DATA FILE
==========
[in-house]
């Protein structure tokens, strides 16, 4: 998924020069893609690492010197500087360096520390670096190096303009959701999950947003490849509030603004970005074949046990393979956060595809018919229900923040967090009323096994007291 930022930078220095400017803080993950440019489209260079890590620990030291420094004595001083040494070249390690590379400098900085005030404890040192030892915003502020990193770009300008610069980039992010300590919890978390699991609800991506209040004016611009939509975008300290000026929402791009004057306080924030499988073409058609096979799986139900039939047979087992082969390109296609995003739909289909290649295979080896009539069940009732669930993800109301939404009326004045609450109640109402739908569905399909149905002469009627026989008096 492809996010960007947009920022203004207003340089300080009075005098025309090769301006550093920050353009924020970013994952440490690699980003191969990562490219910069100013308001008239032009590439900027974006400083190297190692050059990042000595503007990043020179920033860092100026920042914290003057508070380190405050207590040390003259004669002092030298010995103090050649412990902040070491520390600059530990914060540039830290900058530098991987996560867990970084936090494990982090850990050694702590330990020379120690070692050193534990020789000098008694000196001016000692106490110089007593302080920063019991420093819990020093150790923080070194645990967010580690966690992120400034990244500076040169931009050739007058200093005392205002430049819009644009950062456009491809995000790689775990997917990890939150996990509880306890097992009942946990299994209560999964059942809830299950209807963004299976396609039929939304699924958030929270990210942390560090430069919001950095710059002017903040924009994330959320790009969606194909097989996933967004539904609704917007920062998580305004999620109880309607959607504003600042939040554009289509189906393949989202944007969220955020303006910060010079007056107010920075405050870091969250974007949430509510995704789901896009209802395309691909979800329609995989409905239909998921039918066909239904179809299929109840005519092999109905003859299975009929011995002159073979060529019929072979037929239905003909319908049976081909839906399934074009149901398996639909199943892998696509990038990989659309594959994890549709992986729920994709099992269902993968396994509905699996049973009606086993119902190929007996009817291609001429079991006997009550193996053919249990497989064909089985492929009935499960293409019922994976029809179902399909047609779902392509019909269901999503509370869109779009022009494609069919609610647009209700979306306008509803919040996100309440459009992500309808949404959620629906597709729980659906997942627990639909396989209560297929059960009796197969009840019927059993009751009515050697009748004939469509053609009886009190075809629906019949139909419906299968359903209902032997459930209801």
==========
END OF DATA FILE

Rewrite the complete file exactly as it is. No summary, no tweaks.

[in-house]
């Protein structure tokens, strides 16, 4: 998924020069893609690492010197500087360096520390670096190096303009959701999950947003490849509030603004970005074949046990393979956060595809018919229900923040967090009323096994007291 930022930078220095400017803080993950440019489209260079890590620990030291420094004595001083040494070249390690590379400098900085005030404890040192030892915003502020990193770009300008610069980039992010300590919890978390699991609800991506209040004016611009939509975008300290000026929402791009004057306080924030499988073409058609096979799986139900039939047979087992082969390109296609995003739909289909290649295979080896009539069940009732669930993800109301939404009326004045609450109640109402739908569905399909149905002469009627026989008096 492809996010960007947009920022203004207003340089300080009075005098025309090769301006550093920050353009924020970013994952440490690699980003191969990562490219910069100013308001008239032009590439900027974006400083190297190692050059990042000595503007990043020179920033860092100026920042914290003057508070380190405050207590040390003259004669002092030298010995103090050649412990902040070491520390600059530990914060540039830290900058530098991987996560867990970084936090494990982090850990050694702590330990020379120690070692050193534990020789000098008694000196001016000692106490110089007593302080920063019991420093819990020093150790923080070194645990967010580690966690992120400034990244500076040169931009050739007058200093005392205002430049819009644009950062456009491809995000790689775990997917990890939150996990509880306890097992009942946990299994209560999964059942809830299950209807963004299976396609039929939304699924958030929270990210942390560090430069919001950095710059002017903040924009994330959320790009969606194909097989996933967004539904609704917007920062998580305004999620109880309607959607504003600042939040554009289509189906393949989202944007969220955020303006910060010079007056107010920075405050870091969250974007949430509510995704789901896009209802395309691909979800329609995989409905239909998921039918066909239904179809299929109840005519092999109905003859299975009929011995002159073979060529019929072979037929239905003909319908049976081909839906399934074009149901398996639909199943892998696509990038990989659309594959994890549709992986729920994709099992269902993968396994509905699996049973009606086993119902190929007996009817291609001429079991006997009550193996053919249990497989064909089985492929009935499960293409019922994976029809179902399909047609779902392509019909269901999503509370869109779009022009494609069919609610647009209700979306306008509803919040996100309440459009992500309808949404959620629906597709729980659906997942627990639909396989209560297929059960009796197969009840019927059993009751009515050697009748004939469509053609009886009190075809629906019949139909419906299968359903209902032997459930209801």